dog's letter

Laurence Horn laurence.horn at YALE.EDU
Tue Jan 8 15:59:52 UTC 2008

At 3:46 PM +0000 1/8/08, Tom Zurinskas wrote:
>The below from Wordsmith
>dog's letter (dogz LET-uhr) noun   =       The letter R.
>[From Latin littera canina, literally dog's letter. In Latin the sound
>of the letter R was trilled. Think Grrr! of a snarling dog. A good example
>of a trilling R is none other that the Spanish word for a dog: perro.]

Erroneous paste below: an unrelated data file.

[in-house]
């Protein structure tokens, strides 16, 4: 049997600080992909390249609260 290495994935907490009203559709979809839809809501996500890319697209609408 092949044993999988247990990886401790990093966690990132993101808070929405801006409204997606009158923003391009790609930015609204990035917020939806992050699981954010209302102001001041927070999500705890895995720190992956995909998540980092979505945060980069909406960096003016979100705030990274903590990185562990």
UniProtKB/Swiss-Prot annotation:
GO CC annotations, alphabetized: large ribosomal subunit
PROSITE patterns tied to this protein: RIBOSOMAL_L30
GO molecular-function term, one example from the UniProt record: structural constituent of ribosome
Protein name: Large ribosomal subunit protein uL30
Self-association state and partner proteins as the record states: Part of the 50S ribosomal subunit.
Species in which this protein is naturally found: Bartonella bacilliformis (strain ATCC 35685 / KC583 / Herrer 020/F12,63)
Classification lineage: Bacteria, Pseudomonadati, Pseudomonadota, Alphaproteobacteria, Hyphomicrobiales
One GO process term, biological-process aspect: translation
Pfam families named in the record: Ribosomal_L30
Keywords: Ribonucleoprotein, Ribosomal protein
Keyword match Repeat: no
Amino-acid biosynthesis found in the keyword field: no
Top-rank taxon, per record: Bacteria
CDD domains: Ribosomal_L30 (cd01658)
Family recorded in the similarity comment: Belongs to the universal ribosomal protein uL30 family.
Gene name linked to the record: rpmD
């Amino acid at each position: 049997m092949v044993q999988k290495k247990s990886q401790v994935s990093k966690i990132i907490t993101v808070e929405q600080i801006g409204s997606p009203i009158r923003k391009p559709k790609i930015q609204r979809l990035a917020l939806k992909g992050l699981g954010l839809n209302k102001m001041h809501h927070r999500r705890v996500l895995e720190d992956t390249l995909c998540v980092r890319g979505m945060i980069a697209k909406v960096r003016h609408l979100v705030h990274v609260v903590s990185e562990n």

>Is "grrrr" the right kind of trill?
>Tom Zurinskas, USA - CT20, TN3, NJ33, FL5+

I wondered about that too when I saw the Wordsmith post.  Presumably
the dog's trill is uvular (as in standard French or German, although
those are sometimes flaps if I'm not mistaken), while the Spanish one
(and I assume its Latin precursor) is dental.  I've heard dogs in
Spain, and even they don't use a dental growl.  But I guess a rhotic
is a rhotic.


The American Dialect Society -

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